Updated and corrected 2/17/11 10:16 am ET
If the cash-strapped US Postal Service wants to save money it should ensure that its workers arent booking pricey hotel rooms and airplane tickets or buying pornography, according to a new watchdog report.
Over a two-year period, some postal workers used credit cards meant for travel and lodging expenses to buy family members flights to Spain and Italy, purchase Apple computers and make more than 50 purchases at adult entertainment stores.
The findings, detailed in a Postal Service Inspector General report, also reveal that USPS didnt cancel 2,491 credit cards issued to former employees, including 53 who were listed as deceased. Two former employees were still using their cards after they left, according to the report.
All told, the mail agency could have saved more than $600,000 in excessive travel costs during fiscal 2009 and 2010 if it had cracked down on non-compliant workers, the report said.
Despite the fraud, the Postal Service cut its travel budget by 17 percent in fiscal 2010 to $94.8 million.
USPS employs 583,000 workers and funds itself through the sale of postal products and services instead of taxpayer dollars. It plans on cutting about $2 billion in costs this year — mostly by eliminating 40 million work hours — but still forecasts a $7 billion loss after losing a record $8.5 billion in fiscal 2010. It warned again this week that it will likely run out of money by the end of the fiscal year after exceeding its borrowing limit with the US Treasury.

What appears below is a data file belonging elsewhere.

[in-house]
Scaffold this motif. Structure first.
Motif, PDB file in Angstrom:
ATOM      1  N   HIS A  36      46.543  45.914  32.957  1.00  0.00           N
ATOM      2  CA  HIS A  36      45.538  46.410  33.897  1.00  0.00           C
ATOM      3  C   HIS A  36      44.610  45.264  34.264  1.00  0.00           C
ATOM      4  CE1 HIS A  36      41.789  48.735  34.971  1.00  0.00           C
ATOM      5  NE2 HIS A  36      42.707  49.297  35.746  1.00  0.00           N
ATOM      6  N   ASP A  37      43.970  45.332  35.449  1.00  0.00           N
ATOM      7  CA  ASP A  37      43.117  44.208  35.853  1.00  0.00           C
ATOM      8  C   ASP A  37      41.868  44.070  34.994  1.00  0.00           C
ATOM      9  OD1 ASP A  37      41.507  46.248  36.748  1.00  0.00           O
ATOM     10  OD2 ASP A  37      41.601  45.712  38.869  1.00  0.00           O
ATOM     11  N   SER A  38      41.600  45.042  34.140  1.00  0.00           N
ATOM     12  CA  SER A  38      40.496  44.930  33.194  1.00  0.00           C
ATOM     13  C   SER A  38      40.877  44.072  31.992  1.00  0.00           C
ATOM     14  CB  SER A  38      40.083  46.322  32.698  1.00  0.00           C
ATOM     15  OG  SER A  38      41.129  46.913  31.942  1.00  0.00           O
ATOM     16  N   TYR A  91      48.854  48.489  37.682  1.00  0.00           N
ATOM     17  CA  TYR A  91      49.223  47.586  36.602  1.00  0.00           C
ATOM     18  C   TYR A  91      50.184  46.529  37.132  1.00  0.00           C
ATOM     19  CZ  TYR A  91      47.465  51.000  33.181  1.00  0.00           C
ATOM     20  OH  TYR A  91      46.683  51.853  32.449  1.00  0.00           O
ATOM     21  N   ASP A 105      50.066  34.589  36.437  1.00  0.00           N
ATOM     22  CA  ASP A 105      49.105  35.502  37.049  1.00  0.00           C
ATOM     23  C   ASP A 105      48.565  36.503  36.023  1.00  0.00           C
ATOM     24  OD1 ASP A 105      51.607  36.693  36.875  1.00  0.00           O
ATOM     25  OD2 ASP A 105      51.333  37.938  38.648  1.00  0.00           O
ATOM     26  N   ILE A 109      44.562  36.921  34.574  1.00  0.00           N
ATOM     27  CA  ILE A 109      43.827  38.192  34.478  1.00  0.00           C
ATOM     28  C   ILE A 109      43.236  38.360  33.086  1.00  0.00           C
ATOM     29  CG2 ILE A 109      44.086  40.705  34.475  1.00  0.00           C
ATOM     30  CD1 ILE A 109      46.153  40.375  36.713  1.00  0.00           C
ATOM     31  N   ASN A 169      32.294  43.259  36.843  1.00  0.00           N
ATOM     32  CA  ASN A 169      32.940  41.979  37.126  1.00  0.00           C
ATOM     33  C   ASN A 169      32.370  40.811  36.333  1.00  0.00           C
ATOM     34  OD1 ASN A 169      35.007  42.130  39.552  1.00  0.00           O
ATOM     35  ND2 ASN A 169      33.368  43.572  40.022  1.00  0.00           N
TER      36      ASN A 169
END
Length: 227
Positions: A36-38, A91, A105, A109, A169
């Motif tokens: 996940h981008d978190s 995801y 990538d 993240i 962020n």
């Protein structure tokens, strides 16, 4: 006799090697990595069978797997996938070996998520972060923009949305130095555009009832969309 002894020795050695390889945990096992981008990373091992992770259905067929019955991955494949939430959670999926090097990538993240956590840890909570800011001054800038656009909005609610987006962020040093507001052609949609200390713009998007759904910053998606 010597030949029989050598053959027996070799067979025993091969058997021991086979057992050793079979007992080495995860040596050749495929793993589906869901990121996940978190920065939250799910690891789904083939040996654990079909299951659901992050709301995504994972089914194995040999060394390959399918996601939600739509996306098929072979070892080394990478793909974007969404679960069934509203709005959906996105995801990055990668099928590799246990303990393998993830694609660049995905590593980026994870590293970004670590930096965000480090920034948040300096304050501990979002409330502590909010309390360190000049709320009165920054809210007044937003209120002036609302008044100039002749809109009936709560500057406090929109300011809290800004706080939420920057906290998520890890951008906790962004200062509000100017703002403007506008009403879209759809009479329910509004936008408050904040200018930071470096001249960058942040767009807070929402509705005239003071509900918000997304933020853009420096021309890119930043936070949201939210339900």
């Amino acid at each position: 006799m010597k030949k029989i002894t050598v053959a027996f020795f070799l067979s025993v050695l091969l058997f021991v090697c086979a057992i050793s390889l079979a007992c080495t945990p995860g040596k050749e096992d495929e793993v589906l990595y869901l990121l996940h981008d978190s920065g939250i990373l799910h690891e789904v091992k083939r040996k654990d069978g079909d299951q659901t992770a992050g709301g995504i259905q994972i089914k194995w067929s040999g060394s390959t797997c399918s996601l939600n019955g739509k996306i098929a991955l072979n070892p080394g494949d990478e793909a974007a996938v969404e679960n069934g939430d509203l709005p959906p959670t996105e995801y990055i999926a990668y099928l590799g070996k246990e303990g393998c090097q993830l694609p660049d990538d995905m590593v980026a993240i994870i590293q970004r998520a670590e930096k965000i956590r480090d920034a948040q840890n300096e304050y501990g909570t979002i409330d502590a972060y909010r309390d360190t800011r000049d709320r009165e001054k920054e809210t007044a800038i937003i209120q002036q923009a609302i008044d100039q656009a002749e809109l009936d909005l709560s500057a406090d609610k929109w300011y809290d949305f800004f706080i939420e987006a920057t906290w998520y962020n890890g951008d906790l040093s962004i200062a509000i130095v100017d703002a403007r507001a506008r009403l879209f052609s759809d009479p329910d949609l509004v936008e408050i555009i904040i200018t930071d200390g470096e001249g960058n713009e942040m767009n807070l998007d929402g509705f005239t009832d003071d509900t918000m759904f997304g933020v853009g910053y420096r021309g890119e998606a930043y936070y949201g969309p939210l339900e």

The report reviewed 155,104 lodging transactions and found that more than 21,000 exceeded government lodging rates established by the General Services Administration. In one case, a worker claimed 326 nights of hotel bills that exceeded government rates by $17,877. Workers who attended the largest postal customer convention in 2009 and 2010 — mostly mid-level executives and sales personnel based in regional offices and Washington headquarters — collectively exceeded lodging rates by almost $89,000.
The inspector generals office further investigated several cases of employee misconduct unearthed by the investigation and some of the workers were later fired, the report said. Investigators also recommended tighter enforcement of the lodging and travel reimbursement policies and suggested USPS retrain workers on the rules.
Responding to the report, Sen. Susan Collins (R-Maine), who closely tracks postal affairs, said she was alarmed by the findings.
It is very frustrating that an organization that was $8.5 billion in the hole last year, has not adopted a frugal culture, she said. The proper controls are not in place to either prevent or uncover frequent credit card abuses.
Sen. Thomas R. Carper (D-Del.), a normally supportive backer of postal leadership, also expressed concern. Ive told the new postmaster general and his predecessor that he and other top postal executives need to do their part as well, Carper said in a statement. If they are going to ask postal employees and customers to make sacrifices to save the Postal Service, then the postal leadership certainly has a responsibility to set a good example when it comes to frugality and basic financial management. In this case, they have clearly failed.
Officials quoted in the report said they wont retrain workers due to the high costs of doing so, but will closely monitor travel transactions and remind workers of the existing policy. A Postal Service spokesman declined to comment further on the report.
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